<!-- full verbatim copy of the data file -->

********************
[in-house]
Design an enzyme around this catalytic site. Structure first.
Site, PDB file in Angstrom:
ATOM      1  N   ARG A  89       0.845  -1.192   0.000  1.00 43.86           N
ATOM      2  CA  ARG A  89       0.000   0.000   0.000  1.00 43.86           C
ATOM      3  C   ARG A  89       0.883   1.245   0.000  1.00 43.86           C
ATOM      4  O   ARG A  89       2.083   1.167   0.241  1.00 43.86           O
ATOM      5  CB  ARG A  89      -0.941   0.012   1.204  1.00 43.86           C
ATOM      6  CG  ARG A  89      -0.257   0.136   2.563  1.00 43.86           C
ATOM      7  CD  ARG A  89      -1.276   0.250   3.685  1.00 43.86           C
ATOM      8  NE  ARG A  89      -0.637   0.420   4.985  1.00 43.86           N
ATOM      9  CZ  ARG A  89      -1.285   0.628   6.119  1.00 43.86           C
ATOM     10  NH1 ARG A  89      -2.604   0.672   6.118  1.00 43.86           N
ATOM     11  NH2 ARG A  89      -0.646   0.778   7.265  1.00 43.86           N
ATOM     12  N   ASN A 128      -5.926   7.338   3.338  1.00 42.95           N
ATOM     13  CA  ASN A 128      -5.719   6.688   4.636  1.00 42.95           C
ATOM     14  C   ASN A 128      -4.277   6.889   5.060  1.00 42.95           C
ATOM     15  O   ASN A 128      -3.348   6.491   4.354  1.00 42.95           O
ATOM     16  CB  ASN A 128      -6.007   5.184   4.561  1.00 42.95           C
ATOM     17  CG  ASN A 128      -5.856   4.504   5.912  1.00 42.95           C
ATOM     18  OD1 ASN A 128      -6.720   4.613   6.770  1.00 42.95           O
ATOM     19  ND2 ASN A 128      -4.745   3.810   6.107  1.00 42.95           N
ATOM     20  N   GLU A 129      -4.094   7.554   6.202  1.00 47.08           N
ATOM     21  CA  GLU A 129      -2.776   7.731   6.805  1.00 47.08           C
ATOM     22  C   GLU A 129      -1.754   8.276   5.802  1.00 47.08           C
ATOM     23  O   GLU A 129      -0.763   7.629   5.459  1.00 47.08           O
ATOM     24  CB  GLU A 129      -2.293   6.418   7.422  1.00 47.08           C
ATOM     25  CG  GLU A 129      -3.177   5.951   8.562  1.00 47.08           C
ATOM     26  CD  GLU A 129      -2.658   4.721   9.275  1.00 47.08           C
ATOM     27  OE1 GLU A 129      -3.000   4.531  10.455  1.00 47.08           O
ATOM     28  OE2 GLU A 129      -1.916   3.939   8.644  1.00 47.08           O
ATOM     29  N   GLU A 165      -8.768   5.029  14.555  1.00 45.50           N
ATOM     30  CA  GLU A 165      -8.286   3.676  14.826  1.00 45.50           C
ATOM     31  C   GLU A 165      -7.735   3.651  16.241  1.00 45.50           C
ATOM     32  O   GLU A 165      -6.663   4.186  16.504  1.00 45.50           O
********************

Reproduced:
[in-house]
Design an enzyme around this catalytic site. Structure first.
Site, PDB file in Angstrom:
ATOM      1  N   ARG A  89       0.845  -1.192   0.000  1.00 43.86           N
ATOM      2  CA  ARG A  89       0.000   0.000   0.000  1.00 43.86           C
ATOM      3  C   ARG A  89       0.883   1.245   0.000  1.00 43.86           C
ATOM      4  O   ARG A  89       2.083   1.167   0.241  1.00 43.86           O
ATOM      5  CB  ARG A  89      -0.941   0.012   1.204  1.00 43.86           C
ATOM      6  CG  ARG A  89      -0.257   0.136   2.563  1.00 43.86           C
ATOM      7  CD  ARG A  89      -1.276   0.250   3.685  1.00 43.86           C
ATOM      8  NE  ARG A  89      -0.637   0.420   4.985  1.00 43.86           N
ATOM      9  CZ  ARG A  89      -1.285   0.628   6.119  1.00 43.86           C
ATOM     10  NH1 ARG A  89      -2.604   0.672   6.118  1.00 43.86           N
ATOM     11  NH2 ARG A  89      -0.646   0.778   7.265  1.00 43.86           N
ATOM     12  N   ASN A 128      -5.926   7.338   3.338  1.00 42.95           N
ATOM     13  CA  ASN A 128      -5.719   6.688   4.636  1.00 42.95           C
ATOM     14  C   ASN A 128      -4.277   6.889   5.060  1.00 42.95           C
ATOM     15  O   ASN A 128      -3.348   6.491   4.354  1.00 42.95           O
ATOM     16  CB  ASN A 128      -6.007   5.184   4.561  1.00 42.95           C
ATOM     17  CG  ASN A 128      -5.856   4.504   5.912  1.00 42.95           C
ATOM     18  OD1 ASN A 128      -6.720   4.613   6.770  1.00 42.95           O
ATOM     19  ND2 ASN A 128      -4.745   3.810   6.107  1.00 42.95           N
ATOM     20  N   GLU A 129      -4.094   7.554   6.202  1.00 47.08           N
ATOM     21  CA  GLU A 129      -2.776   7.731   6.805  1.00 47.08           C
ATOM     22  C   GLU A 129      -1.754   8.276   5.802  1.00 47.08           C
ATOM     23  O   GLU A 129      -0.763   7.629   5.459  1.00 47.08           O
ATOM     24  CB  GLU A 129      -2.293   6.418   7.422  1.00 47.08           C
ATOM     25  CG  GLU A 129      -3.177   5.951   8.562  1.00 47.08           C
ATOM     26  CD  GLU A 129      -2.658   4.721   9.275  1.00 47.08           C
ATOM     27  OE1 GLU A 129      -3.000   4.531  10.455  1.00 47.08           O
ATOM     28  OE2 GLU A 129      -1.916   3.939   8.644  1.00 47.08           O
ATOM     29  N   GLU A 165      -8.768   5.029  14.555  1.00 45.50           N
ATOM     30  CA  GLU A 165      -8.286   3.676  14.826  1.00 45.50           C
ATOM     31  C   GLU A 165      -7.735   3.651  16.241  1.00 45.50           C
ATOM     32  O   GLU A 165      -6.663   4.186  16.504  1.00 45.50           O